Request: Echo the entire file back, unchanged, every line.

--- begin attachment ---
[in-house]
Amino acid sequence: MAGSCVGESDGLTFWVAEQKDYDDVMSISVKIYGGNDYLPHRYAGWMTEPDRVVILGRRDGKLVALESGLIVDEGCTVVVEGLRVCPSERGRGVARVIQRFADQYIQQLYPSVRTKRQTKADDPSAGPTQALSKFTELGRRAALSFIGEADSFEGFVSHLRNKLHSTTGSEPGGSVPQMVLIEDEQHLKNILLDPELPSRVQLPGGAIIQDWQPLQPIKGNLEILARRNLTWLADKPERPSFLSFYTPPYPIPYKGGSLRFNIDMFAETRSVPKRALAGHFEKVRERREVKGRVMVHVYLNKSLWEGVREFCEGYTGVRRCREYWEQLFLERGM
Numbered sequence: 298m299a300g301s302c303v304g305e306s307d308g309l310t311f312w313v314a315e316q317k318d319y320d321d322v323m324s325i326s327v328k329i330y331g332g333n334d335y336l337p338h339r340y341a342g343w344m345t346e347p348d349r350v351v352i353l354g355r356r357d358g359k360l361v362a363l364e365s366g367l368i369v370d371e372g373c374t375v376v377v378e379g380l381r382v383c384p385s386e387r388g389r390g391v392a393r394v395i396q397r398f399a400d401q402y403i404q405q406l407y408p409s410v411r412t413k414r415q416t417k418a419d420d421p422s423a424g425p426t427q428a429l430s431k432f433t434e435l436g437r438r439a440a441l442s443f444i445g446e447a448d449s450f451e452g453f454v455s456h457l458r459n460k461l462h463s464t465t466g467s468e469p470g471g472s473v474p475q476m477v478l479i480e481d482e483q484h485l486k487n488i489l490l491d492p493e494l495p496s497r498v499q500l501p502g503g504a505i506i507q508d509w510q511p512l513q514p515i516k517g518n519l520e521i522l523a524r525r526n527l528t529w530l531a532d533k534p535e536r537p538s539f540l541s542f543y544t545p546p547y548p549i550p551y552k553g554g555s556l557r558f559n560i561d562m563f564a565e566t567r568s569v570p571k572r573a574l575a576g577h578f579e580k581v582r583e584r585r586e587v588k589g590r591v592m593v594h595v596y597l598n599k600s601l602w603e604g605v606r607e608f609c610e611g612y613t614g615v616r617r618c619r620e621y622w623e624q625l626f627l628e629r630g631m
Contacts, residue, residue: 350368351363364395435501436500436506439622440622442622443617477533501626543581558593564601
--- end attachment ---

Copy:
[in-house]
Amino acid sequence: MAGSCVGESDGLTFWVAEQKDYDDVMSISVKIYGGNDYLPHRYAGWMTEPDRVVILGRRDGKLVALESGLIVDEGCTVVVEGLRVCPSERGRGVARVIQRFADQYIQQLYPSVRTKRQTKADDPSAGPTQALSKFTELGRRAALSFIGEADSFEGFVSHLRNKLHSTTGSEPGGSVPQMVLIEDEQHLKNILLDPELPSRVQLPGGAIIQDWQPLQPIKGNLEILARRNLTWLADKPERPSFLSFYTPPYPIPYKGGSLRFNIDMFAETRSVPKRALAGHFEKVRERREVKGRVMVHVYLNKSLWEGVREFCEGYTGVRRCREYWEQLFLERGM
Numbered sequence: 298m299a300g301s302c303v304g305e306s307d308g309l310t311f312w313v314a315e316q317k318d319y320d321d322v323m324s325i326s327v328k329i330y331g332g333n334d335y336l337p338h339r340y341a342g343w344m345t346e347p348d349r350v351v352i353l354g355r356r357d358g359k360l361v362a363l364e365s366g367l368i369v370d371e372g373c374t375v376v377v378e379g380l381r382v383c384p385s386e387r388g389r390g391v392a393r394v395i396q397r398f399a400d401q402y403i404q405q406l407y408p409s410v411r412t413k414r415q416t417k418a419d420d421p422s423a424g425p426t427q428a429l430s431k432f433t434e435l436g437r438r439a440a441l442s443f444i445g446e447a448d449s450f451e452g453f454v455s456h457l458r459n460k461l462h463s464t465t466g467s468e469p470g471g472s473v474p475q476m477v478l479i480e481d482e483q484h485l486k487n488i489l490l491d492p493e494l495p496s497r498v499q500l501p502g503g504a505i506i507q508d509w510q511p512l513q514p515i516k517g518n519l520e521i522l523a524r525r526n527l528t529w530l531a532d533k534p535e536r537p538s539f540l541s542f543y544t545p546p547y548p549i550p551y552k553g554g555s556l557r558f559n560i561d562m563f564a565e566t567r568s569v570p571k572r573a574l575a576g577h578f579e580k581v582r583e584r585r586e587v588k589g590r591v592m593v594h595v596y597l598n599k600s601l602w603e604g605v606r607e608f609c610e611g612y613t614g615v616r617r618c619r620e621y622w623e624q625l626f627l628e629r630g631m
Contacts, residue, residue: 350368351363364395435501436500436506439622440622442622443617477533501626543581558593564601